“I decided to become a Peer Mentor and it helped me too,” Sara said. “I wanted to advocate for others with mental illness. This helped me to stay well and I enjoyed the work.”
Sara, whose smile lights up a room, is open about hearing voices and her diagnosis of schizophrenia. “When I see patients at the hospital, I share my experiences with them. I talk about how I self-manage my care. I want to spread hope,” she said.
It took Sara years to understand her diagnosis and how to manage it. How getting support from a peer was different than from a clinician. “The peer had lived experience and understood how you were feeling and what you were experiencing,” Sara said.
When hospital patients ask her questions about Peer-to-Peer, she tells them, “I wish I had had someone who understood and could help me learn how to cope and manage my illness.” She makes sure they know “you can overcome this illness and be aware of what’s going on within you.”
You Can Heal
Henry, 58, grew up surrounded by mental illness. His parents fled Poland during World War II and brought trauma with them. His parents and siblings suffered from depression. He had Obsessive Compulsive Disorder (OCD) and generalized anxiety and depression. He lived in a family where everyone was expected to suck it up. Mental illness was never discussed and never accepted.
He was officially diagnosed at age 24, and lost his job when he became too ill to work. His family faulted him for being terminated. His mental health deteriorated, and with no support Henry hit rock bottom. By 2012, he stopped eating and sleeping and was hospitalized five times. After the fifth hospitalization, he transitioned to Momentum for Health’s day program. There, he learned about OCD and thought, Wow, other people have this too. “I learned about myself and this helped me to process my illness, which led to acceptance,” he said.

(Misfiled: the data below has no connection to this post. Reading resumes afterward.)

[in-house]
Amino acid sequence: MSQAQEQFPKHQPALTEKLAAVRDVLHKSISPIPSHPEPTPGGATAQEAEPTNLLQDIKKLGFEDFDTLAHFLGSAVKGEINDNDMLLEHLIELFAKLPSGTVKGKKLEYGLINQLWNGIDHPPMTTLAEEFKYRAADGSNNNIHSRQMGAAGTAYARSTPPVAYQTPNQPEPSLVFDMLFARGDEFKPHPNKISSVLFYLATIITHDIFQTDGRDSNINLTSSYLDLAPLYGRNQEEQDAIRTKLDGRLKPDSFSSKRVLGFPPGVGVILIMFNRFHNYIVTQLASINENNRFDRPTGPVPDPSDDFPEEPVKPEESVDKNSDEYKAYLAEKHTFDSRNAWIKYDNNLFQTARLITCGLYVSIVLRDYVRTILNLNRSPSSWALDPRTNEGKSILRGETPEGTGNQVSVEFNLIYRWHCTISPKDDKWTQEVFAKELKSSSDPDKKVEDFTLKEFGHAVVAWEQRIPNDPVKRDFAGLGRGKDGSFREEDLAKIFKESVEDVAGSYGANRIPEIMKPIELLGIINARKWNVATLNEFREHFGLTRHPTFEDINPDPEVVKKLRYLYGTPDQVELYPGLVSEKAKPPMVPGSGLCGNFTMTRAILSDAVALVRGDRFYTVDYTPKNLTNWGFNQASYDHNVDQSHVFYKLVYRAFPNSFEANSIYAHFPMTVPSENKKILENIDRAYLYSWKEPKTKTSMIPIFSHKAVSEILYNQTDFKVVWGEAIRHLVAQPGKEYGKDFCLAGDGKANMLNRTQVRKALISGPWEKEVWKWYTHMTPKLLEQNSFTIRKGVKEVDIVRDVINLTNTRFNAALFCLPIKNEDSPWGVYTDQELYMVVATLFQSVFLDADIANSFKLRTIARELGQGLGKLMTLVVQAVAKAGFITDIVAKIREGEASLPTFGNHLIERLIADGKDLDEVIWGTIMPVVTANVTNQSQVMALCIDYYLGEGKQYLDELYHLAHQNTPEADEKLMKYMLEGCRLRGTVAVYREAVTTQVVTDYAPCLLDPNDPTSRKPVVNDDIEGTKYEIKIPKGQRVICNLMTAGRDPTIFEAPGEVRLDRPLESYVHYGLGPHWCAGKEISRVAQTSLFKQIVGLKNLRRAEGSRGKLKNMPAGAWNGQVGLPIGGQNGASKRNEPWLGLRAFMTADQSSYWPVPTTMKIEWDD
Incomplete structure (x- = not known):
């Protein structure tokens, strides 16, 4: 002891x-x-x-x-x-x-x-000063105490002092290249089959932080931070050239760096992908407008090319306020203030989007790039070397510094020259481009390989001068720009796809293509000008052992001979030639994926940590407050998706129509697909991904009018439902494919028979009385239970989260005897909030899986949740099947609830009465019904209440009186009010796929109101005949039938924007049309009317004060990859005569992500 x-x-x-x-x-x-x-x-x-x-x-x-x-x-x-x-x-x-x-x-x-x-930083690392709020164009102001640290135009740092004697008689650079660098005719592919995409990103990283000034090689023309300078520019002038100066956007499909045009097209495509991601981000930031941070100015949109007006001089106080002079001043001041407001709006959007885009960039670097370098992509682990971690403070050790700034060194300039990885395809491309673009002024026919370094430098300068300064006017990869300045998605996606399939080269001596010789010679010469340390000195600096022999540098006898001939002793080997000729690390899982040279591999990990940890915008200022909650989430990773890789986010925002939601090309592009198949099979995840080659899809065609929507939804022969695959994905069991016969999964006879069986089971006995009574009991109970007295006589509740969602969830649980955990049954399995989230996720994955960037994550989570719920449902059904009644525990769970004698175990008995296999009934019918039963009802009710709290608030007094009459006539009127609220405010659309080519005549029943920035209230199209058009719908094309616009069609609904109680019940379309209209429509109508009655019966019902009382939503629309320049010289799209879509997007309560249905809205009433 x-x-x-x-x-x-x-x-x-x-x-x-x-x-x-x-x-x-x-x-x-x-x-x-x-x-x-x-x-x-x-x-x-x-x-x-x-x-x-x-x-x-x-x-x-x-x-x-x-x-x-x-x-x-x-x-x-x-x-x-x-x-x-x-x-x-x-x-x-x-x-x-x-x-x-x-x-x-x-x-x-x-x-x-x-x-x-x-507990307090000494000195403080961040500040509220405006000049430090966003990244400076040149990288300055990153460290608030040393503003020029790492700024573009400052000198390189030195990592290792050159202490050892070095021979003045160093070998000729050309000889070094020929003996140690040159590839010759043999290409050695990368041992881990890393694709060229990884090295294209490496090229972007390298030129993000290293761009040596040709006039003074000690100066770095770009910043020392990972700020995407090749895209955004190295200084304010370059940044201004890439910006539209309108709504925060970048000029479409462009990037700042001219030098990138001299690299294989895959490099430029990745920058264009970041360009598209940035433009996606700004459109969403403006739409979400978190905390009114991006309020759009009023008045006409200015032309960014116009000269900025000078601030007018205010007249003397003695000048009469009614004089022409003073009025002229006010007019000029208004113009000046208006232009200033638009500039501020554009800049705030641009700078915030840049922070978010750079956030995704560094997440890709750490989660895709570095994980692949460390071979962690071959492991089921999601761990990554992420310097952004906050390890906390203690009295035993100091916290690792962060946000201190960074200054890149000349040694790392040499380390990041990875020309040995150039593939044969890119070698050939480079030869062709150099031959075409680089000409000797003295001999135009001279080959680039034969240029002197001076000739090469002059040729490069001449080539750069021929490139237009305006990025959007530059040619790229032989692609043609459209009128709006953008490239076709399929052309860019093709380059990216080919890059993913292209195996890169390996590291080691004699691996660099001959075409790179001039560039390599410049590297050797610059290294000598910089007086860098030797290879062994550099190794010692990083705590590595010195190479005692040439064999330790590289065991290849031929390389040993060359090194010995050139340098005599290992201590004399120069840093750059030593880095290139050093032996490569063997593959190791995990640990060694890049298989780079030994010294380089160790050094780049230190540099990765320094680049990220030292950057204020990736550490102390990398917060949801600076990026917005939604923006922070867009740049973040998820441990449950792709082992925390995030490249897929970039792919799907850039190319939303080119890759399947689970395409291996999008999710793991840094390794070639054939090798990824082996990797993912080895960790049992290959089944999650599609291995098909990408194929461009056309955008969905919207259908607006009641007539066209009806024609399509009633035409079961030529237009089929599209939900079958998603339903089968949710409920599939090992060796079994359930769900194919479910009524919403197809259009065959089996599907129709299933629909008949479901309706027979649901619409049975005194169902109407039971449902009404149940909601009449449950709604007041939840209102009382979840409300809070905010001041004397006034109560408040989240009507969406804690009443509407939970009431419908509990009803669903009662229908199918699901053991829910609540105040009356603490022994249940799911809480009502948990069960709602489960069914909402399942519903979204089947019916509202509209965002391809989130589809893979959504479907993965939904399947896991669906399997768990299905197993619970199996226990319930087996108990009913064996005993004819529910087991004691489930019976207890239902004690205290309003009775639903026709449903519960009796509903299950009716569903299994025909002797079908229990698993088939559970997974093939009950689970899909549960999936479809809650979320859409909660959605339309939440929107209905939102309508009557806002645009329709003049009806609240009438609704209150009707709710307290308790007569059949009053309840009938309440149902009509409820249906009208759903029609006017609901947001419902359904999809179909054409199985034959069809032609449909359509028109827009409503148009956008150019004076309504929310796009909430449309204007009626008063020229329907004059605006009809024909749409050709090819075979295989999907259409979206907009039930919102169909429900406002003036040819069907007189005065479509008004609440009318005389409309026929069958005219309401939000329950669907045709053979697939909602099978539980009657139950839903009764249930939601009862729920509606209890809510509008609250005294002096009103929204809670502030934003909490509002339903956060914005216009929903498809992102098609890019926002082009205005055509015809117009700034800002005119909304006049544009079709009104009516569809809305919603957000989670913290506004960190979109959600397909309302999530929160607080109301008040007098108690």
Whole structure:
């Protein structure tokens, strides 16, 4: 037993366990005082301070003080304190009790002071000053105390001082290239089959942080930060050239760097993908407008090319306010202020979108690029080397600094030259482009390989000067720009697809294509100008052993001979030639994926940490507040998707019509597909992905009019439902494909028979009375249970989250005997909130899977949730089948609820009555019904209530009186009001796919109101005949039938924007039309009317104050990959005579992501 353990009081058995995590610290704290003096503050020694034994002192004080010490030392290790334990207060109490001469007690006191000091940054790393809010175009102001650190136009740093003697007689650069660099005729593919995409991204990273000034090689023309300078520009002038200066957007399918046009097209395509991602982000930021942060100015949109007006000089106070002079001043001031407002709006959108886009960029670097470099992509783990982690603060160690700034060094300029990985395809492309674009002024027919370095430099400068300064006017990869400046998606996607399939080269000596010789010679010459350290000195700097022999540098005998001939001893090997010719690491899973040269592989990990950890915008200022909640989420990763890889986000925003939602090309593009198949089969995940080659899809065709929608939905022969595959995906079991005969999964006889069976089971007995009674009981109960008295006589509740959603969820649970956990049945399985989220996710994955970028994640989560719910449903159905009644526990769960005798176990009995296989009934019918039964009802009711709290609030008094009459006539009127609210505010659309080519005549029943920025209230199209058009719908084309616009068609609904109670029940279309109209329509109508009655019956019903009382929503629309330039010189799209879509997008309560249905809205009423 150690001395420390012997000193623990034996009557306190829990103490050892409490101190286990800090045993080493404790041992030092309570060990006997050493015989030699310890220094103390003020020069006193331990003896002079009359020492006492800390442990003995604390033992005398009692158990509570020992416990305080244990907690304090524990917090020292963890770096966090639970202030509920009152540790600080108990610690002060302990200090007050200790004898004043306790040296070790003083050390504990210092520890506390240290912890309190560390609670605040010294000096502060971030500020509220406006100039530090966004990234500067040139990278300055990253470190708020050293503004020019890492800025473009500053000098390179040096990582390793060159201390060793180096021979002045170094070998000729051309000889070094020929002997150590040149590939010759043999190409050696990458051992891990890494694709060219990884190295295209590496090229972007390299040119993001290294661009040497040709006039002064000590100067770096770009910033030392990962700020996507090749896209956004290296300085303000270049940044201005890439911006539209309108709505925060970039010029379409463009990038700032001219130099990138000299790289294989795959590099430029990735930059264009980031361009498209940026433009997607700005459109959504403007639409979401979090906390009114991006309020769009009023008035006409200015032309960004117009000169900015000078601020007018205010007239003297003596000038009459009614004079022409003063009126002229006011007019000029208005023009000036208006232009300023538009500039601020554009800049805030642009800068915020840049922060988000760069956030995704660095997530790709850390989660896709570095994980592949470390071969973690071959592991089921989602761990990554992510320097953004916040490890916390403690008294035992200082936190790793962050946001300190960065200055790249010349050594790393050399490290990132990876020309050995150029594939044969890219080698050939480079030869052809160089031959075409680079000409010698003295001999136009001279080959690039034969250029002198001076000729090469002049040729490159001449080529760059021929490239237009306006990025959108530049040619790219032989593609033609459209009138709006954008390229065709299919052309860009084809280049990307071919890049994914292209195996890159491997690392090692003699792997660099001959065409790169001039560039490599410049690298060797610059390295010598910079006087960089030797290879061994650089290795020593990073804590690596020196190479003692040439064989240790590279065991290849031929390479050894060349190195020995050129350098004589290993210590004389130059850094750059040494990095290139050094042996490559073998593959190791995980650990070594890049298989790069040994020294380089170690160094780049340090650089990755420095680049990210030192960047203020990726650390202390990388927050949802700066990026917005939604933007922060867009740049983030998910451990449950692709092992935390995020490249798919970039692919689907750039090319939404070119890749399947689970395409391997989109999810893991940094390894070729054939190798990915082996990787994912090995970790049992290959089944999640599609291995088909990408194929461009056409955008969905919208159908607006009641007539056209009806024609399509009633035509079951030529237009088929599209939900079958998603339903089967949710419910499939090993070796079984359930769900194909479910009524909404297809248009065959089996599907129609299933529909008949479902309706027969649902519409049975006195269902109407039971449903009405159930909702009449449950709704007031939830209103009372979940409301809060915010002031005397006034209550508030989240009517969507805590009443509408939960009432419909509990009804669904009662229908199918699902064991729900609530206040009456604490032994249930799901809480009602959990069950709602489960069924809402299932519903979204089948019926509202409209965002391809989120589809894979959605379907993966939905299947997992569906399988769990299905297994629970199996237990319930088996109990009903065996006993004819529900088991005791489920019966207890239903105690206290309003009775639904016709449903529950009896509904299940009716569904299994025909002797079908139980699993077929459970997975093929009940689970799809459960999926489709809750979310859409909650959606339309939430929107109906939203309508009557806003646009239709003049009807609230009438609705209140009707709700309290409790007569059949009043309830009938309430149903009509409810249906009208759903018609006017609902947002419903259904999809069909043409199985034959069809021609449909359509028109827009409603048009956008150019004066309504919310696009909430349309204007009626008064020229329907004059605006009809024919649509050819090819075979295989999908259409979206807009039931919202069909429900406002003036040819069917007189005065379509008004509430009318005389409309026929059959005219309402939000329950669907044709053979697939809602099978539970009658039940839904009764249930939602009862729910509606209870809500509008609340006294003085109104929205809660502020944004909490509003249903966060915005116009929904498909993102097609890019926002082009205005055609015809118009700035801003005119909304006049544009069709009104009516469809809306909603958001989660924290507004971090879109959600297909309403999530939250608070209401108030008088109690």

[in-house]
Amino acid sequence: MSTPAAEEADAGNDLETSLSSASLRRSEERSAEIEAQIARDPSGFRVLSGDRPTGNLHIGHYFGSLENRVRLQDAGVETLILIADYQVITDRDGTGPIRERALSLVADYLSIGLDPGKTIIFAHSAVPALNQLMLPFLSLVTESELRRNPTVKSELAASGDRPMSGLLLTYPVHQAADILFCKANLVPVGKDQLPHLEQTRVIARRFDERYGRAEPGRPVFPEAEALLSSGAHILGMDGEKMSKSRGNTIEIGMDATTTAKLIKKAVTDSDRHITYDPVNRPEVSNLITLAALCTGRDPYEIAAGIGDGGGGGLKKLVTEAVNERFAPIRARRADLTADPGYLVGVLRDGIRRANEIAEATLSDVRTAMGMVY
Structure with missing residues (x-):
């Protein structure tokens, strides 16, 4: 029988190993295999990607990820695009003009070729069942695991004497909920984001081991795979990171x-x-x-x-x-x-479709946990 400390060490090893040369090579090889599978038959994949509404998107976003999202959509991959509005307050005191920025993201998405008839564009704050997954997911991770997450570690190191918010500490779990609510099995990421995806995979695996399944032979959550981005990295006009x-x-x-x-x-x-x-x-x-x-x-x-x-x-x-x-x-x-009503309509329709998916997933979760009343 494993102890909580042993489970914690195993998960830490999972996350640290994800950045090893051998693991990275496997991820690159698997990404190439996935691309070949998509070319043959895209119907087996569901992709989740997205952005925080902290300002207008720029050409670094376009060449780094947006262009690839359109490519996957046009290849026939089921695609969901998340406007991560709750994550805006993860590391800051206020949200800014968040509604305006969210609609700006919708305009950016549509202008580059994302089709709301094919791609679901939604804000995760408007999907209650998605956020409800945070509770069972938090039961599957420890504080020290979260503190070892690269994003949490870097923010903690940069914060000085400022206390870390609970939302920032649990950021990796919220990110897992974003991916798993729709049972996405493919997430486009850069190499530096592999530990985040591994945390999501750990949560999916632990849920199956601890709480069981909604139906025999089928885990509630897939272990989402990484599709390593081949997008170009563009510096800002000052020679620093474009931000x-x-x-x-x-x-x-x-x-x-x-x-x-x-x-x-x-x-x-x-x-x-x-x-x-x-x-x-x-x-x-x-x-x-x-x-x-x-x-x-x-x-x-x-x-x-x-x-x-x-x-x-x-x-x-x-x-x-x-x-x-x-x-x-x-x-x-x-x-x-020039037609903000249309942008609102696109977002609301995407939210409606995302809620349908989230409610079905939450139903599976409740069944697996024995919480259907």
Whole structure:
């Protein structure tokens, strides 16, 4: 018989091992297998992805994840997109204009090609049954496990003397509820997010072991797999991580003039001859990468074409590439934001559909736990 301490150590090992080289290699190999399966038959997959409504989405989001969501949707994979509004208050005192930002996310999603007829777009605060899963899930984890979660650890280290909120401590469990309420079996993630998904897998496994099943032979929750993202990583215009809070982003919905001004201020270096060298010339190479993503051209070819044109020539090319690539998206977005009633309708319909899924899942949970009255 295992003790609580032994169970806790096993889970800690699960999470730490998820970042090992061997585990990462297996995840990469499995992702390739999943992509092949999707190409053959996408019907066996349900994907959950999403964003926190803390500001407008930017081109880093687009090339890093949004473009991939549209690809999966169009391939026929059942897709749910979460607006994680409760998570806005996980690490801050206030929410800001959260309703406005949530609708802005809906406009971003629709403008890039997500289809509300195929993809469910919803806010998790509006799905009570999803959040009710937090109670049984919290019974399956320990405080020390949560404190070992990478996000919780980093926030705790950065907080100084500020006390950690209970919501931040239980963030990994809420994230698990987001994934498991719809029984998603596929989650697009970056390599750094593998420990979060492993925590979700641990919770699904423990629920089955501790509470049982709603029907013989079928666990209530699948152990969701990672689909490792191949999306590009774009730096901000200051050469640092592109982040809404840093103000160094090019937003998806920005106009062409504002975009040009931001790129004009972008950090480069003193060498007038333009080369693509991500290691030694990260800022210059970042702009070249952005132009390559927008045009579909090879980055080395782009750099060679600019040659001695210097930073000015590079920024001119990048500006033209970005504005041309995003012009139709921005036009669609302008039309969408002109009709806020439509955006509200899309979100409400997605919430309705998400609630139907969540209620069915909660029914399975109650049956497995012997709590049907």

Momentum suggested Peer Pals (now Peer Mentors). He trained to teach the Peer-to-Peer classes, and then became part of the inaugural Peer Mentor class in 2013. Henry has worked with individuals ranging in age from 19 to 70. He had one individual who at 55 was diagnosed with schizophrenia. “We could totally relate to each other because of our family culture and heritage,” Henry said.
When Henry meets a new mentee, he wants them to know how similar they are. “I want them to know they are not alone,” he said. “That you are not a misfit.”
Sara and Ray would agree wholeheartedly with Henry when he said, “What motivates me so much is knowing I didn’t have this program. The work pays me back in infinite ways,” he said.
And as one mentee said, “The peer mentor experience was a ‘gift,’ and he would tell others, ‘You have nothing to lose, give it a try.’”
To learn more about Peer-to-Peer Education Course, click here: Peer-to-Peer
To learn more about the Community Peer Program, click here: Community Peer Program
For additional information about the peer programs, contact the warmline at 408-453-0400 Option 1, Mon-Fri 10 A.M.-6 P.M.
Author: Moryt Milo serves on the board of NAMI ( National Alliance for Mental IIlness) Santa Clara County. She writes and blogs regularly for the non-profit on a range of mental health topics. Additionally, she moderates NAMI-Santa Clara County events. Click the links below for a sample of her Medium posts. View her blog or writings for more of her work.